World Bank announces collaboration with Arab league to boost human development, infrastructure, SMEs

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CAIRO: Mahmoud Mohieldin, the former Minister of Investment and current managing director of the World Bank Group, was in Cairo this week to discuss possibilities for cooperation and partnerships between the Arab League and the World Bank through the World Bank’s Arab World Initiative.

“The objective of this cooperation is to help achieve economic integration and to boost employment and job creation across the Arab World,” said the managing director.

In a media roundtable at the World Bank’s Cairo headquarters, Mohieldin announced that the World Bank’s top priorities for the region include funding projects that advance human development, facilitating the construction of infrastructure, and supporting micro-, small- and medium-sized enterprises.

Earlier this week, Mohieldin met with Secretary General of the Arab States Amr Moussa to discuss the potential for cooperation in these areas.

Mohieldin said that the World Bank will assist in providing the finance needed to support such projects, in addition to advisory services, technical assistance, and institutional capacity building to ensure the high priority projects are implemented successfully.

Giving examples of infrastructure projects financed by the World Bank in the Arab World, Mohieldin said that the bank’s strategies currently focus on electricity connectivity and renewable energy, supporting the region’s power generation capacity.

“There are many of these projects currently in [their] implementation phase in Syria, Jordan, Lebanon, Egypt and Iraq and, for Egypt in particular, the bank has funded joint energy cooperation projects with Libya and Saudi Arabia.”

According to Mohieldin, the World Bank also prioritizes projects linking Arab seaports, railway projects linking various Arab countries, and highways and road networks that support transport between Arab countries.

“These [transportation] networks provide a boost to trade and investments in the region and match one of the bank’s goals of investing in projects which benefit the country as a whole, rather than a targeted few,” he said.

The second main issue on the agenda for cooperation, according to Mohieldin, was micro-, small- and medium-sized enterprise development, which he said contributes to economic growth in the Arab countries and job creation — especially for the youth.

At the Arab Economic and Social Development Summit in Kuwait, Mohieldin pointed out that the Arab Small and Medium Fund was established with $1.3 billion in total capital. The target capital for the fund is $2 billion, according to Mohieldin.

“[Small- and medium-sized enterprises] constitute 90 percent of private sector contributions to growth in the Middle East, and the bank has definitely prioritized them in this region [by] providing support in the areas of access to finance, marketing, and business expertise,” he said.

He said that funds as well as technical assistance will be available through the activities of the International Finance Corporation, the International Bank for Reconstruction and Development, the International Development Association, and through various partnerships with other international and regional financial institutions.

Human development and an improved quality of education were considered by Mohieldin to be one of the most important, requiring great efforts to make it a success. Mohieldin discussed scaling up the quality of education, and the provision of vocational training programs.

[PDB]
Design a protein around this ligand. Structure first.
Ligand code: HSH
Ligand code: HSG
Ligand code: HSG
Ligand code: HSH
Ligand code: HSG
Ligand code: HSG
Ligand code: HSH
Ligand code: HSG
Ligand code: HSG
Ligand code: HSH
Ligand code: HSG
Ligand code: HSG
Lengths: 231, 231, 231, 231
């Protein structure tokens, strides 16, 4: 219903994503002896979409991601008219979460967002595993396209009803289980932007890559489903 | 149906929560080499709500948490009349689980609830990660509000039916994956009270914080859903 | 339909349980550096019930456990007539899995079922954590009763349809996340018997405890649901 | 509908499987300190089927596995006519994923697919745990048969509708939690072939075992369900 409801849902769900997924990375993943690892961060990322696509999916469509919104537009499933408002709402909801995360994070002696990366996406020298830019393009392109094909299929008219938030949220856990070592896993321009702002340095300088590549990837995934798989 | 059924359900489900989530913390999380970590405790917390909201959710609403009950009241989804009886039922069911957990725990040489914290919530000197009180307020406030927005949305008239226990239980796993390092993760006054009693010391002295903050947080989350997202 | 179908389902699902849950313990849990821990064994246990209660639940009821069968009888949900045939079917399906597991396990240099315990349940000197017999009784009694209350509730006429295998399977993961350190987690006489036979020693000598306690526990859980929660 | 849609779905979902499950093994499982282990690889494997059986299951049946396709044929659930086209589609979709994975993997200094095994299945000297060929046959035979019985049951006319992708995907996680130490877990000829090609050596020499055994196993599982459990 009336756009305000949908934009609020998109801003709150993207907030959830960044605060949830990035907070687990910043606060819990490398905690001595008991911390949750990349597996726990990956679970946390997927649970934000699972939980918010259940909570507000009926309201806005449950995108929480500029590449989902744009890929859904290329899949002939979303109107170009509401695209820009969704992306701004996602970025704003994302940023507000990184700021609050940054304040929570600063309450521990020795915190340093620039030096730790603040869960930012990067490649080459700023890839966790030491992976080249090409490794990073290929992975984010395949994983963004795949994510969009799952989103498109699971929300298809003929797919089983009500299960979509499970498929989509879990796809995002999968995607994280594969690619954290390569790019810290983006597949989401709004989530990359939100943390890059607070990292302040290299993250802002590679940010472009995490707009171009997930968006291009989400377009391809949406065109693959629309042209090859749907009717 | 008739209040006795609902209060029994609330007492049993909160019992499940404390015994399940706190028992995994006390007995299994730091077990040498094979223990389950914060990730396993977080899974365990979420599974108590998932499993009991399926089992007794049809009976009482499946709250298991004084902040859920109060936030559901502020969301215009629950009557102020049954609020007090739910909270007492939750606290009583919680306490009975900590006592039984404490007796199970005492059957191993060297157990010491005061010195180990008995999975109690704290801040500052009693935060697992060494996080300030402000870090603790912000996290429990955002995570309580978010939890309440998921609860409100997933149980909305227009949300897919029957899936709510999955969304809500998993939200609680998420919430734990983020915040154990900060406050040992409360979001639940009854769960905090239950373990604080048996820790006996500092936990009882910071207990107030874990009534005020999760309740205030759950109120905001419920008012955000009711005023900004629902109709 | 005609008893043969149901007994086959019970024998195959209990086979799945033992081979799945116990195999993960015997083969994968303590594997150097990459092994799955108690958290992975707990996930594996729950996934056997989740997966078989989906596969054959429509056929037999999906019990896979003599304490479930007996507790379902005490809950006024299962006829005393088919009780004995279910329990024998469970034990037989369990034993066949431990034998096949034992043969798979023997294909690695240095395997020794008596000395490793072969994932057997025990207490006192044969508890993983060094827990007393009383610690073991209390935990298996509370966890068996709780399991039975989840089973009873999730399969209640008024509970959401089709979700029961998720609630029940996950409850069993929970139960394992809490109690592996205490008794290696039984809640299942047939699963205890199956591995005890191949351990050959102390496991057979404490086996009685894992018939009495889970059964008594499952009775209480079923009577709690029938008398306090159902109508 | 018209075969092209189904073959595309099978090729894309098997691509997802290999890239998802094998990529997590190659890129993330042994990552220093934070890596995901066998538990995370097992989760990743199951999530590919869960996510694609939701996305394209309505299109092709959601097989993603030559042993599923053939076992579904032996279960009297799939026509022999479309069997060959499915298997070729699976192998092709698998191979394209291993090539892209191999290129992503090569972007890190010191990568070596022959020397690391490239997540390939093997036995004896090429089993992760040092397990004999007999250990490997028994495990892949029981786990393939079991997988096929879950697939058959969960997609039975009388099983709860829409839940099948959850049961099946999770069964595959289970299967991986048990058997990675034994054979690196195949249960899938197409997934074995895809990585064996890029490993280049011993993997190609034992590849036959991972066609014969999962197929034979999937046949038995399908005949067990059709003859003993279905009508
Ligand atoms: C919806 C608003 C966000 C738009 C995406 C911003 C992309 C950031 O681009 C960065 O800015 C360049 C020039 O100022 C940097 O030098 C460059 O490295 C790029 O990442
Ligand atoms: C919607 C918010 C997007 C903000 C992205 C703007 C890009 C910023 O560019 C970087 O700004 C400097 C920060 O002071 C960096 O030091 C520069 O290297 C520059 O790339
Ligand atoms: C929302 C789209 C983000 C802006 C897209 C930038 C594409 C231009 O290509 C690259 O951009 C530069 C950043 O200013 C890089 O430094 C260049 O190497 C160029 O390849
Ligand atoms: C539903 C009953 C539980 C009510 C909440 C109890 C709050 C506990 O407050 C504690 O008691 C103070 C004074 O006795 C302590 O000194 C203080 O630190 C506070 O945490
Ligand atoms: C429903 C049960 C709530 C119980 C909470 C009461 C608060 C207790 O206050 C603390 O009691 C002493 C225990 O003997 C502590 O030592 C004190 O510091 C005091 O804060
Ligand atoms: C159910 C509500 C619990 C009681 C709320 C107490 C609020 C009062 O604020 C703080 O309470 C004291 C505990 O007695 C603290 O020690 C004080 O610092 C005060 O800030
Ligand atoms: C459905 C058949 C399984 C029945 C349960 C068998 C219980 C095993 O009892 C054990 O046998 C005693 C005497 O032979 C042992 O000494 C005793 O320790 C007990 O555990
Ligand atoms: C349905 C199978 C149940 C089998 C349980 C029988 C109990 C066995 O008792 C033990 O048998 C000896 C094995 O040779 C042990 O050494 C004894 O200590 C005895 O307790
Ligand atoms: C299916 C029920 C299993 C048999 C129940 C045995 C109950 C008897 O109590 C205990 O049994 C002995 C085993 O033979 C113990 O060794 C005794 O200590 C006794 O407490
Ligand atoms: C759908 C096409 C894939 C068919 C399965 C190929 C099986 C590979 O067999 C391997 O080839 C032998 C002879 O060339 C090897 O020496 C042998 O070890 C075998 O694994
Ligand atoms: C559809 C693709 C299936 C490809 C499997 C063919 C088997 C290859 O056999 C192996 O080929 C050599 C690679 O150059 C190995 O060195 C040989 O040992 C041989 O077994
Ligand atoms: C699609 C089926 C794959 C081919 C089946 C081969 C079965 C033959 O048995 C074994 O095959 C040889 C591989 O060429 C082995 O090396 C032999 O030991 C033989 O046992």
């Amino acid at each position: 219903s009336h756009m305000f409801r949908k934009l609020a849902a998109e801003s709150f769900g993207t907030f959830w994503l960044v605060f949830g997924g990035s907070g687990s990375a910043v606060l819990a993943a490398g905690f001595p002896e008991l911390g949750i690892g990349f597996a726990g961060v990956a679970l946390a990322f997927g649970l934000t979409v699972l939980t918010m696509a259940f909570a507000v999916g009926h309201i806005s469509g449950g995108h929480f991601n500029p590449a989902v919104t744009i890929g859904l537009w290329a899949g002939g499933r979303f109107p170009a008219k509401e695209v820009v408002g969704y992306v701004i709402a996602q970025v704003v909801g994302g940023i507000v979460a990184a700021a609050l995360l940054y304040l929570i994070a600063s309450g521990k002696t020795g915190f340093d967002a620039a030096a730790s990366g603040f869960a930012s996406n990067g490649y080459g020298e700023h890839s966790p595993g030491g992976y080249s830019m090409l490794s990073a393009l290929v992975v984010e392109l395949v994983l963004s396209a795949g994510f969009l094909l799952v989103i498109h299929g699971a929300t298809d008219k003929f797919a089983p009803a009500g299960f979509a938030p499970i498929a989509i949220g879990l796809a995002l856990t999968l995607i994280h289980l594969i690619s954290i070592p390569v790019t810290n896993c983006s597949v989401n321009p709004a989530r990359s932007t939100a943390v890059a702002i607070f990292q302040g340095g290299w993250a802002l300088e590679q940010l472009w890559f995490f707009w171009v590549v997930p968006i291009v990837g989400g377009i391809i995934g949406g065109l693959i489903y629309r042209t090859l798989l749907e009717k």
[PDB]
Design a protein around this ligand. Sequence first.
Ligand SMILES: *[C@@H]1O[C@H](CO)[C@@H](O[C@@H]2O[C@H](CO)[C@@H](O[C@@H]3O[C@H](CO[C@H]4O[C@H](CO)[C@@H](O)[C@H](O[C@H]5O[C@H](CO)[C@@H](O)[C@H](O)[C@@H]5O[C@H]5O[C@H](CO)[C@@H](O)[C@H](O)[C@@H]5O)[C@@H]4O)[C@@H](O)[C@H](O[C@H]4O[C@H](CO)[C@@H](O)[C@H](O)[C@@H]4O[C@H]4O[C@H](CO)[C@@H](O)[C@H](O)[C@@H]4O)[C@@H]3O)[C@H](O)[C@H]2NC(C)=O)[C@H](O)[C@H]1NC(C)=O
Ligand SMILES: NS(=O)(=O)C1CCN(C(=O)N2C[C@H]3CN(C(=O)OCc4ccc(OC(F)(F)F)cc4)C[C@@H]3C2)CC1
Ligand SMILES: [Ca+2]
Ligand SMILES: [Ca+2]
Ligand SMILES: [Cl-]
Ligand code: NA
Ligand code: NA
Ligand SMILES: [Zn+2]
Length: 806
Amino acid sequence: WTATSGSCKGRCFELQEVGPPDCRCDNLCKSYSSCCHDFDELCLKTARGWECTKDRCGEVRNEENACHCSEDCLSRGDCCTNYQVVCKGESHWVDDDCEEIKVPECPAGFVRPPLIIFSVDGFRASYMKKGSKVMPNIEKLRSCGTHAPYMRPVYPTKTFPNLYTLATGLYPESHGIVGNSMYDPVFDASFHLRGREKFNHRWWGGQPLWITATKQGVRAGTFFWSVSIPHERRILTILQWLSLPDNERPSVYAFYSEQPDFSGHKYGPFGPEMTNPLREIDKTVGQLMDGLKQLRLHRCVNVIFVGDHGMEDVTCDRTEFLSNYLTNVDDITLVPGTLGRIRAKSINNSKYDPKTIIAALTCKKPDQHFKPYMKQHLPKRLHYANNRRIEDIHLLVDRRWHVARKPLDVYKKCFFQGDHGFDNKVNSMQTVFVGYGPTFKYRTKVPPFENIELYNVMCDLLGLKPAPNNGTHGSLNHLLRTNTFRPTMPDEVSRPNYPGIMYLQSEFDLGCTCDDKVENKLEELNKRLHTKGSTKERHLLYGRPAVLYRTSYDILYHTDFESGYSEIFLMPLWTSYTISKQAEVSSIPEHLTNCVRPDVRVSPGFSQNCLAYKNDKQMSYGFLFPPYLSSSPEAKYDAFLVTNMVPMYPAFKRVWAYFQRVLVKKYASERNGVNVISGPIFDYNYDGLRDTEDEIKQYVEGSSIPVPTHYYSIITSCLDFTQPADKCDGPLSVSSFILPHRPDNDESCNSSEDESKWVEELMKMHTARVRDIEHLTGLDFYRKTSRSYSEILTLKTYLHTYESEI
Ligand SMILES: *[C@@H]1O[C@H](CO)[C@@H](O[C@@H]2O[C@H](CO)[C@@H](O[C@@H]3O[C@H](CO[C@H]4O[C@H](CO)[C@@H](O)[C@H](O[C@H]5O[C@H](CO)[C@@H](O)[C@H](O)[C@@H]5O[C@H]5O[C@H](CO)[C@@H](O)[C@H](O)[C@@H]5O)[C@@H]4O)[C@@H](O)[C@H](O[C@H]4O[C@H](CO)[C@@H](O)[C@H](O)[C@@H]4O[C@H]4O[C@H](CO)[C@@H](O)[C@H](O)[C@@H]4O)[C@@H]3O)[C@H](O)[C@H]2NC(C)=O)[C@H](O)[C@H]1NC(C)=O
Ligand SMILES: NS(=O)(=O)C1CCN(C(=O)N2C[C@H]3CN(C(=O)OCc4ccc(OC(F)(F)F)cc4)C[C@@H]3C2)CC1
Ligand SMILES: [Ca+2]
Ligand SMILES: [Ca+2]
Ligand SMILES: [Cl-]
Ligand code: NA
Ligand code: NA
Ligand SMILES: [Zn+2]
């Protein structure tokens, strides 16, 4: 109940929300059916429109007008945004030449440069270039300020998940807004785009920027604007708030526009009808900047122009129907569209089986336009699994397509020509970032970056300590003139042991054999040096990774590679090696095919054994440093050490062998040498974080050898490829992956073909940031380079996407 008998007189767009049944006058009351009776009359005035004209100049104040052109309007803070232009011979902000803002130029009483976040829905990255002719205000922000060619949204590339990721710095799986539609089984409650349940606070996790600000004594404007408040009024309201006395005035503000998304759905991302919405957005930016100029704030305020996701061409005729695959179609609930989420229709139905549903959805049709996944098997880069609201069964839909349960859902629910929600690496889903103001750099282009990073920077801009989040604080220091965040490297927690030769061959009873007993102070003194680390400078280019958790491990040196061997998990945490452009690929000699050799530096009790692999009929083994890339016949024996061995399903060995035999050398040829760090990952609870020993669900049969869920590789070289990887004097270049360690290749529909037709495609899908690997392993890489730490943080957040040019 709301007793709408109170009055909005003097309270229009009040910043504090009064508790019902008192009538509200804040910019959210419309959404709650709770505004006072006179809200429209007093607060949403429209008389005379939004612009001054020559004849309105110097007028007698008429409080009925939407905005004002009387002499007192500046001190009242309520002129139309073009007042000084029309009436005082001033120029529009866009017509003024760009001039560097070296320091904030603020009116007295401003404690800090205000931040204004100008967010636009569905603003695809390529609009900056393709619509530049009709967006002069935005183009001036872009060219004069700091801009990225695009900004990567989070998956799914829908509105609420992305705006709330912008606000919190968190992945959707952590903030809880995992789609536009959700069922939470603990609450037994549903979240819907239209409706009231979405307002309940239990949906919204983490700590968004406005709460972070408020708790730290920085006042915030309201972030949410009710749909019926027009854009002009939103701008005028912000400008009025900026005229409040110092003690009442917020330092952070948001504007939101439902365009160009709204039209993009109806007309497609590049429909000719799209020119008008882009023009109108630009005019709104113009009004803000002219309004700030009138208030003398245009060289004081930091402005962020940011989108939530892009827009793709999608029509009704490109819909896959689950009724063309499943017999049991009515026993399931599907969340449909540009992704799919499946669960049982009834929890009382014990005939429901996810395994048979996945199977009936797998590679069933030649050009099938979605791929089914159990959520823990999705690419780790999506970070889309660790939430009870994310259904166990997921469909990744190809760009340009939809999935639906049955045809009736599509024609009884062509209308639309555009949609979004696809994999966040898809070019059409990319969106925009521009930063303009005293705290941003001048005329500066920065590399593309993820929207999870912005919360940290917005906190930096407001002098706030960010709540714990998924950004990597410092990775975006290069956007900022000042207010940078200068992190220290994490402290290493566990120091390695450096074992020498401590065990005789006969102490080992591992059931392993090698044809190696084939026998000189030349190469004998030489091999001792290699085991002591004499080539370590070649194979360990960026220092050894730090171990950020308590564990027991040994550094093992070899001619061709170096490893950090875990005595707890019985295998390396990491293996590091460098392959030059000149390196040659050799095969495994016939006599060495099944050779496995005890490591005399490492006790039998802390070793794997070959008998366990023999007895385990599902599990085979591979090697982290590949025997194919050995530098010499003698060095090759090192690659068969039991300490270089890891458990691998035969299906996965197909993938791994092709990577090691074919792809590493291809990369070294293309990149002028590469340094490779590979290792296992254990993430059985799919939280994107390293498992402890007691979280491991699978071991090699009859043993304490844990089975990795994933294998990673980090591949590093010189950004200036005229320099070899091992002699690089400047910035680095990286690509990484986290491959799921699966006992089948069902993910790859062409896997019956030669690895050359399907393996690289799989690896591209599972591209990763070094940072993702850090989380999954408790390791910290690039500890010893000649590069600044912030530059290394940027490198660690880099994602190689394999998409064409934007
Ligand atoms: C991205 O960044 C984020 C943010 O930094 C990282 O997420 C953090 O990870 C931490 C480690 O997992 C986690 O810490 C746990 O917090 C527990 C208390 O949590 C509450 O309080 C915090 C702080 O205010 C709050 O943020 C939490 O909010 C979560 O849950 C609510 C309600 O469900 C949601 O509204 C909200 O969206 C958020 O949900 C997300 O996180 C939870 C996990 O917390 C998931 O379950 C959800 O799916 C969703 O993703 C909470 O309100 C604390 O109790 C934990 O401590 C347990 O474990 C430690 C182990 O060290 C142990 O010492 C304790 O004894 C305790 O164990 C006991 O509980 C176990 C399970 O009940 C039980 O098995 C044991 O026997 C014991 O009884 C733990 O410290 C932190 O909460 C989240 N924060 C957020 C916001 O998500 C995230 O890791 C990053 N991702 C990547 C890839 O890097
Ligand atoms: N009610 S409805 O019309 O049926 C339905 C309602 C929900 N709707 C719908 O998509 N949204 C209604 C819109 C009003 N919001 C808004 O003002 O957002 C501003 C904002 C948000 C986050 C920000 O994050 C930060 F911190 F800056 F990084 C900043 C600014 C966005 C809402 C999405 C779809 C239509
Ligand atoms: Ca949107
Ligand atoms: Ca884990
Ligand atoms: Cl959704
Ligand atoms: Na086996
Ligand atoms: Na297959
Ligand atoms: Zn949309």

“The quality of education differs greatly in Arab countries, and the education systems are complex, requiring careful assessment and planning,” said Mohieldin. “Aptitude tests measure the ability of students to learn, and [provide] an internationally accredited measure of education. We must measure education standards in the region by international standards.”

He explained that Middle Eastern countries eventually have to meet these educational standards, and that this should be done through widespread reforms in every national educational system throughout the region — from school construction, to teacher training.

“The World Bank is following up on the Doha Declaration, supported by 17 Arab countries, in connection with education and accreditation … to support education and [to share all available] expertise and information in this respect,” he added.

Describing the bank’s efforts in poverty alleviation and support following the global financial crisis, Mohieldin said that the World Bank allocated $145 billion to funding in the first half of 2010 — an amount significantly higher than what was allocated prior to the financial crisis.

When asked by Daily News Egypt about the World Bank’s efforts to increase the region’s resilience to future shocks and crises — particularly in response to current concerns of food shortages and climate change — Mohieldin explained that since current world food prices are down due to a fall in demand, the situation is under control in comparison to 2007.

He added, however, that the World Bank is helping to prevent future shocks by specifically supporting the region in the areas of climate change and food security, while simultaneously developing various partnerships.

He concluded that the World Bank’s focus on infrastructure, education and SMEs would in fact increase the ability of countries like Egypt to achieve food security and prevent future shocks, both directly and indirectly.

“In Egypt, for example, domestic food supplies may be hampered by a lack of logistical and transport infrastructure, [thereby] affecting the food security situation,” Mohieldin said.


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